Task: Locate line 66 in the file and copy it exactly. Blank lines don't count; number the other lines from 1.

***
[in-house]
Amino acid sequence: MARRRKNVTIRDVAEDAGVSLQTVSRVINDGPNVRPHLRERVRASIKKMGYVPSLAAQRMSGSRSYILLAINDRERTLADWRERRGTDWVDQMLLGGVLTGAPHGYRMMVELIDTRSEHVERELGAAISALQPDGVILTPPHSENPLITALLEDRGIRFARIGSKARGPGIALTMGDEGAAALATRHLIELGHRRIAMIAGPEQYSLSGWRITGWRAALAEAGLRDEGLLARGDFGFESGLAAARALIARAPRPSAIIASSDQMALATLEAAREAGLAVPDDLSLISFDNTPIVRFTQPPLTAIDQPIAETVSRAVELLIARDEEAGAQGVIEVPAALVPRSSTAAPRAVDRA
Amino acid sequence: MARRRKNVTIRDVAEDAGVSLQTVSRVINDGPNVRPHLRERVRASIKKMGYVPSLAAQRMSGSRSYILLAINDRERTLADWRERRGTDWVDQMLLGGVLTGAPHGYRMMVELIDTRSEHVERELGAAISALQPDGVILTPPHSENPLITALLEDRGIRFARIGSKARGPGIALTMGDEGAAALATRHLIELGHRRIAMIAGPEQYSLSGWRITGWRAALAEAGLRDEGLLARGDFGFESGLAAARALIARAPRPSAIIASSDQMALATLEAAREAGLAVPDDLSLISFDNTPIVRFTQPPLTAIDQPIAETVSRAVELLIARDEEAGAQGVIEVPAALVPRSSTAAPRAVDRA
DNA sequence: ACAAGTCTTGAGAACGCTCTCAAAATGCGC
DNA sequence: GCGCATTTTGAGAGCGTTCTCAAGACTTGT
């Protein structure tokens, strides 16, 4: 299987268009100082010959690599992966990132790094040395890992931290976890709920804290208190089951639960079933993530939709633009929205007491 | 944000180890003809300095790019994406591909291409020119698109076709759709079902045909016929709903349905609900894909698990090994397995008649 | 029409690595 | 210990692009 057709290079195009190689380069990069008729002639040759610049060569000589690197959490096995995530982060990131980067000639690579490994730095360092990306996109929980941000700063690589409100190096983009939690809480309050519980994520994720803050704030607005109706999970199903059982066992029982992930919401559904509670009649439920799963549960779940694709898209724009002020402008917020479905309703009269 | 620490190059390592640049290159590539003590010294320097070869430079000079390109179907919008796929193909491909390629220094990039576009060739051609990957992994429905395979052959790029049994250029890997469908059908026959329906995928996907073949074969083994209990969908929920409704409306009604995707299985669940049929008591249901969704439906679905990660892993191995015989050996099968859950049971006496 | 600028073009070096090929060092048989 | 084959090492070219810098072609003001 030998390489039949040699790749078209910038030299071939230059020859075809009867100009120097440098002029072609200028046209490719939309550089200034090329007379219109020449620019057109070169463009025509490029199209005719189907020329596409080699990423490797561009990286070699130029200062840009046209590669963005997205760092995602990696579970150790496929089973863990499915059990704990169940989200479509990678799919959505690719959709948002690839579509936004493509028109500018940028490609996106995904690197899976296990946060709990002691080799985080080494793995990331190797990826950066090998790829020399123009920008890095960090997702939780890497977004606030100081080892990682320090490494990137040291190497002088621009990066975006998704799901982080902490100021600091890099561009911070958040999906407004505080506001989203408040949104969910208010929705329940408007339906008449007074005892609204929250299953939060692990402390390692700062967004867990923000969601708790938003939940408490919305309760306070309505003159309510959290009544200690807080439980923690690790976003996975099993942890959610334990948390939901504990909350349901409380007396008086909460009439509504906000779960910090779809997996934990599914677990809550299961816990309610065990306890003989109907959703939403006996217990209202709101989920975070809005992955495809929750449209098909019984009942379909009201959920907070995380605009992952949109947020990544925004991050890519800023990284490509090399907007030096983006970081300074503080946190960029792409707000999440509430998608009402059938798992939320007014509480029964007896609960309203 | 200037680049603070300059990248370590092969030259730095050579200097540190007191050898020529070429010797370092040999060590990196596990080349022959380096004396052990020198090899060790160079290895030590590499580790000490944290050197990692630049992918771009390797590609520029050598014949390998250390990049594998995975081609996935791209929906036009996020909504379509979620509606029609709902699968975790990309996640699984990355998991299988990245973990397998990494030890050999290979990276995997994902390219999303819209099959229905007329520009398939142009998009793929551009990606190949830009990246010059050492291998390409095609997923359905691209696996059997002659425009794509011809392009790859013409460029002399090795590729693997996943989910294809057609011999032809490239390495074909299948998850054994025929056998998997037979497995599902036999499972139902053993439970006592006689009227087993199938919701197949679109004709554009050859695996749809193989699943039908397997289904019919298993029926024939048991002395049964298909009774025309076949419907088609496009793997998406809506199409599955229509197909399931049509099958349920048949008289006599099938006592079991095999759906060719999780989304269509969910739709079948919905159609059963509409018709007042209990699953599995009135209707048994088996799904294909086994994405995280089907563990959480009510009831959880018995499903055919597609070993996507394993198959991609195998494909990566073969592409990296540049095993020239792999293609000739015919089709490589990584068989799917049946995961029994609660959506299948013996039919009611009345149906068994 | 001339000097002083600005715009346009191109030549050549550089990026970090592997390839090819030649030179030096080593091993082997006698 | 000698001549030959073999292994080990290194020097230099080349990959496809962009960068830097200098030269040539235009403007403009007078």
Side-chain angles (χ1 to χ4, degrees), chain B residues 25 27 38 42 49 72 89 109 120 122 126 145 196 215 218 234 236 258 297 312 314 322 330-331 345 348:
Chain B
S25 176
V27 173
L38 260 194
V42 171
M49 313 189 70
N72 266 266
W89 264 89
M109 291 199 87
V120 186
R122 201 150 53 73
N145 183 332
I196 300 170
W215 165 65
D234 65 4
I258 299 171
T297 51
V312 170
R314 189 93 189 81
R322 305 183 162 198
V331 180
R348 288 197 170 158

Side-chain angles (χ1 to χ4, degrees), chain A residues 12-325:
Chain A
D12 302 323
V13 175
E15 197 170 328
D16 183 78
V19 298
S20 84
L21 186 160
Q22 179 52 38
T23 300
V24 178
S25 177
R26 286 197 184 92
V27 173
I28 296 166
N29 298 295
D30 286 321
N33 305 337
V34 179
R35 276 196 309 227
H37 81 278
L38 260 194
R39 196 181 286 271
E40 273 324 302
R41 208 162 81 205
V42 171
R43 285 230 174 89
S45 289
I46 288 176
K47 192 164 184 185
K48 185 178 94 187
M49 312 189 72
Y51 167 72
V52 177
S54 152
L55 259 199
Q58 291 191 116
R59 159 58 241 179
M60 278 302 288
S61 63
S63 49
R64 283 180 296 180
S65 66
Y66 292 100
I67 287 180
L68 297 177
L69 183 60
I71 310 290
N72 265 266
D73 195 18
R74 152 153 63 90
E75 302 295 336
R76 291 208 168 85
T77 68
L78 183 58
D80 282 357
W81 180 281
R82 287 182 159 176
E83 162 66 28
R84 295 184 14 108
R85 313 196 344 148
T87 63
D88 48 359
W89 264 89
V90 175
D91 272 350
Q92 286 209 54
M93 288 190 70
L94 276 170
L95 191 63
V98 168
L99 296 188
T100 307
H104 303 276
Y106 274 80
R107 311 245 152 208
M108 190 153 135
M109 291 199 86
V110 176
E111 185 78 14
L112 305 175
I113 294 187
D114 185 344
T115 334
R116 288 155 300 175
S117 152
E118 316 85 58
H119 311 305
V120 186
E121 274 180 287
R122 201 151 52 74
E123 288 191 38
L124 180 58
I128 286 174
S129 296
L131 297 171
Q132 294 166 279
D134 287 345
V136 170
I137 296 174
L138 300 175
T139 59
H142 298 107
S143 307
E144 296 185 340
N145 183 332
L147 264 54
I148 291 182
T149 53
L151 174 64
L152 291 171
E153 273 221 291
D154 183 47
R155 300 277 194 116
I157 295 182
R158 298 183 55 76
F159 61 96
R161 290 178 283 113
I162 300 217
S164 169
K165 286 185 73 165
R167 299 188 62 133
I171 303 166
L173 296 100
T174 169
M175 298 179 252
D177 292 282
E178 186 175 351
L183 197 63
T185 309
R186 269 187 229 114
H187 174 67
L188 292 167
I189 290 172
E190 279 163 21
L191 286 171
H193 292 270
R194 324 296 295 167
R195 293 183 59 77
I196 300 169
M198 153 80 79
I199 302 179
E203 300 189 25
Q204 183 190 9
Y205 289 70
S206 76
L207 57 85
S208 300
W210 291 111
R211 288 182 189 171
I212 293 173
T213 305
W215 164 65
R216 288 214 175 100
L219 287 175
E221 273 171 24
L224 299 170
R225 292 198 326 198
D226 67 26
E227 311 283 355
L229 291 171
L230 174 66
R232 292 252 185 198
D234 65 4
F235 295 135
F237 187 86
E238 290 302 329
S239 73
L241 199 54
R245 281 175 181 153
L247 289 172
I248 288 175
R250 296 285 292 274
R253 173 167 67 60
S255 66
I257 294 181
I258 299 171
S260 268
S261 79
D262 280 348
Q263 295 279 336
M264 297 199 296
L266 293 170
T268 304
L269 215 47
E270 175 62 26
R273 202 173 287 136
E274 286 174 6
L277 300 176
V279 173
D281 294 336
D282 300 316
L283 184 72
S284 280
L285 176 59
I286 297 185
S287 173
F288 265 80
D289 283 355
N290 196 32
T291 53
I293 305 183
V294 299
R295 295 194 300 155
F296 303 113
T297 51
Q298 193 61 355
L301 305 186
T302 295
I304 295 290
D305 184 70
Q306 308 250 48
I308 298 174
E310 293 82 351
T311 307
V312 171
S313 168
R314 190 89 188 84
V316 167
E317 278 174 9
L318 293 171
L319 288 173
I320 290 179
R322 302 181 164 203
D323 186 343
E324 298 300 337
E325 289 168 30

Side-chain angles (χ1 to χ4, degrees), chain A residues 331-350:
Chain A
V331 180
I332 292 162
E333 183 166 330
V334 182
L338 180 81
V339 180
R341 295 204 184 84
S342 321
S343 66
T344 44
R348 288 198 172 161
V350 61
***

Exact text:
L55 259 199